Student learns value of persistent commitment to evangelism
When Master of Arts student Laura Rowland first met Lydia in 2016, Lydia had just begun her first semester at the University of Texas at Arlington after moving from China. Seeking community and fellowship, Lydia connected with the International Baptist Church of Arlington, Texas (IBCA). Even though she appeared indifferent to sermons and Gospel presentations, she returned most weeks.
In the year since, many of the church’s members have had spiritual conversations with Lydia; a missionary couple has spoken with her in her own language; and Laura herself has had many opportunities to pray with her, read Scripture with her, and share the Gospel.
Lydia was always accommodating and willing to listen, but she was indifferent to her unbelief. Even then, Laura was happy that Lydia chose to attend the church and was surrounded by believers who were faithful in their evangelism.
When Lydia returned to the church following her summer break, Oct. 1, there was a significant shift in her receptiveness. During a church lunch following the morning service, Laura and Lydia sat together and began to discuss what stood out to them from the sermon. Opening her Bible, Lydia pointed to an underlined passage from 1 Timothy.
Lydia did not understand what the pastor meant when he said the church is a “pillar of truth.” As they discussed the sermon, Laura was able to easily give a complete Gospel presentation. “I told her that the church is the pillar of truth because this message of Jesus Christ is truth,” Laura says.
Lydia was attentive and eager to listen, and when Laura finished explaining the verses, Lydia’s eyes lit up in awe. “Wow! I think my translation isn’t good because I didn’t understand that until you explained it to me,” she said.
Laura, however, knew that Lydia’s difficulty understanding was not a result of a faulty translation, but was rooted in her unbelief. Laura replied, “Lydia, it is not a bad translation of the Bible. It is that you don’t know the Lord. The Bible is clear that if we don’t know God, then there is a veil that lies over our hearts and prevents us from being able to understand the ways of God.”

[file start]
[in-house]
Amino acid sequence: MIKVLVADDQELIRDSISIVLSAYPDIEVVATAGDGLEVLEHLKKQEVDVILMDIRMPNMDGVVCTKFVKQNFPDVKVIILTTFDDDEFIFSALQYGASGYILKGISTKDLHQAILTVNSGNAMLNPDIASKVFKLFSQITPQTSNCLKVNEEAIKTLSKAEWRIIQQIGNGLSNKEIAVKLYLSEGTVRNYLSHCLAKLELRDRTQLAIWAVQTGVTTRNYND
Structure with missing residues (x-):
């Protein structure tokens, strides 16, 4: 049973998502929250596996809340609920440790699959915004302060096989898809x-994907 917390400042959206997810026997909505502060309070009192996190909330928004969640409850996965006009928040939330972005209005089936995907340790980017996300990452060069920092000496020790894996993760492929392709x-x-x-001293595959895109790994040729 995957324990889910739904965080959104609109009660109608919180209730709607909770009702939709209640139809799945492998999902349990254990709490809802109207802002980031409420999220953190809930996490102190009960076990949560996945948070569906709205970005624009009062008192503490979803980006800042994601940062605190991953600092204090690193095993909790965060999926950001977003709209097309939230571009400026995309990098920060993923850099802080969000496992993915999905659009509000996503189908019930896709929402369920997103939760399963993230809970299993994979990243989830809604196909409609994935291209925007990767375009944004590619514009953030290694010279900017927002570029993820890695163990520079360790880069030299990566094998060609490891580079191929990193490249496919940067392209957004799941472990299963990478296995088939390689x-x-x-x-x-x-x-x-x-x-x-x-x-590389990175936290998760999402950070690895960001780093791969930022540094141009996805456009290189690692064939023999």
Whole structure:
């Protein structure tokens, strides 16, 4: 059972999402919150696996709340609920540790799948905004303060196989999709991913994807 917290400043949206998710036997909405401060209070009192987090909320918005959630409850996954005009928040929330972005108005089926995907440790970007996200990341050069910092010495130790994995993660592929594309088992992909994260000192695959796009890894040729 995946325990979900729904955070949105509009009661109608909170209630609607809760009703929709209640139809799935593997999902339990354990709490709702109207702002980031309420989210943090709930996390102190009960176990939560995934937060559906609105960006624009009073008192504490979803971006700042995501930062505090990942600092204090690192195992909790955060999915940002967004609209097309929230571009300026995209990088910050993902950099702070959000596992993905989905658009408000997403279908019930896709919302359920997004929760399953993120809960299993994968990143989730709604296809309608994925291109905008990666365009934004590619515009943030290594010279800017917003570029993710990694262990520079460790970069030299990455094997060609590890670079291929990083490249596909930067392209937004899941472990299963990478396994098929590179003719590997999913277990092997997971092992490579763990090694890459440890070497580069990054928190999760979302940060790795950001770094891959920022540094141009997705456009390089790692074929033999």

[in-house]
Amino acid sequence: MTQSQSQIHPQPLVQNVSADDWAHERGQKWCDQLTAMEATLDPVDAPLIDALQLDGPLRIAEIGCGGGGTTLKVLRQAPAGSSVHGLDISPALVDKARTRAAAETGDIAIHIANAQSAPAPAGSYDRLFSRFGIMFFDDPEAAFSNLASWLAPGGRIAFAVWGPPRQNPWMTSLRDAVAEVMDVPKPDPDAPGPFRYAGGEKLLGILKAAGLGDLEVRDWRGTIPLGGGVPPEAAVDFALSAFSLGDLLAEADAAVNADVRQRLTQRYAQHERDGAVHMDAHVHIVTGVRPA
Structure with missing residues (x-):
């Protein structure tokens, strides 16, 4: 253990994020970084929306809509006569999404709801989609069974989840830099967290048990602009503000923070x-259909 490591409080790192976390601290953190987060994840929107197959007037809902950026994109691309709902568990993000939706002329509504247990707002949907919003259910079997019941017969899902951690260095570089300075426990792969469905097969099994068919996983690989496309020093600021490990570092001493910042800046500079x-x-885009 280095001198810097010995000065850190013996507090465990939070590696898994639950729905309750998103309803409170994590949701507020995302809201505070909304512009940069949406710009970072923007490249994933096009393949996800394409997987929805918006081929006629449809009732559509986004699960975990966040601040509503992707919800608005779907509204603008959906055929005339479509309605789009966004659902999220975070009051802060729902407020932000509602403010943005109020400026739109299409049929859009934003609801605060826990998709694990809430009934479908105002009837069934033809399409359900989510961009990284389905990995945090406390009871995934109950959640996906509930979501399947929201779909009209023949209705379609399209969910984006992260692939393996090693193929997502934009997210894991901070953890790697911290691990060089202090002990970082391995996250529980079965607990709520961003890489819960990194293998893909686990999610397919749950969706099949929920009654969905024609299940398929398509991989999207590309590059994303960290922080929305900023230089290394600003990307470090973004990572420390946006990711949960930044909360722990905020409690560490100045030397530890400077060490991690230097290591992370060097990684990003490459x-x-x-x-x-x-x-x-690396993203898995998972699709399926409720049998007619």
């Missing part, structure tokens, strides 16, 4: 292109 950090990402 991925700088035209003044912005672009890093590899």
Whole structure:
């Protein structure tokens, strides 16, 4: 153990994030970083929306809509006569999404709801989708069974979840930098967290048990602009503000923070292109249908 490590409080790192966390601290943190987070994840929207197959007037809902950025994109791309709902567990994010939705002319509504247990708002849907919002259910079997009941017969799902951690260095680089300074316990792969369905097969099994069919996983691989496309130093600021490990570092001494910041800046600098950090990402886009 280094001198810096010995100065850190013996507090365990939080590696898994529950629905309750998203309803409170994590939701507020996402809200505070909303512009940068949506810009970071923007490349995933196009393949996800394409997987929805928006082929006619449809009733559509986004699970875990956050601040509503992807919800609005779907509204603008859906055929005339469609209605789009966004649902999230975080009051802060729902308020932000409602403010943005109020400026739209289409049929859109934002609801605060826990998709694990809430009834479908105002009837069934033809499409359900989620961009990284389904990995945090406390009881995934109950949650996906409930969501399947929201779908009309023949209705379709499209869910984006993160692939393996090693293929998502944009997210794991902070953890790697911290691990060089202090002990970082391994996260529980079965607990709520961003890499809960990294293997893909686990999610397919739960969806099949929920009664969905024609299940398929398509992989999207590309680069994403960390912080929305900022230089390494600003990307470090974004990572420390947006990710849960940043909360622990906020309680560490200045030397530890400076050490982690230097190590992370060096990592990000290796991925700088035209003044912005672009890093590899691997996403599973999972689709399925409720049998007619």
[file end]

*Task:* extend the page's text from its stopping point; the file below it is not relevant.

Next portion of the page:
“But you can put your faith in Jesus,” Laura continued. “God invites all of us to trust in Him as our Savior and Lord.”
After numerous Gospel conversations with Laura, Lydia was finally beginning to comprehend the Good News. She expressed curiosity but was still hesitant. “I am very interested in this,” Lydia said. “I want to know more.”
For Lydia, such a decision would be radical. It contradicted everything from her Buddhist upbringing and would possibly disappoint her family.
Lydia recognized the weight of such a decision and understood its importance, but she did not ultimately make a decision that day. However, Laura believes she is close. In the year that she has attended IBCA, Lydia has gradually become more open and receptive to the Gospel, gradually moving closer to a decision with each conversation.
“I feel the privilege of joining with what God is doing and just being one more person leading her one step closer to Jesus,” Laura says. “I am excited about what God is doing in her life.”
For Laura, her conversation with Lydia was a reminder that perseverance, prayer and faithfulness in evangelism will one day yield results. “I’m convinced that one of these days she is going to be a believer,” Laura says. “She is going to trust in Jesus as her Savior, and we will see her in heaven. Until then, I pray that more people would come alongside her and that God would continue to draw her to Himself.”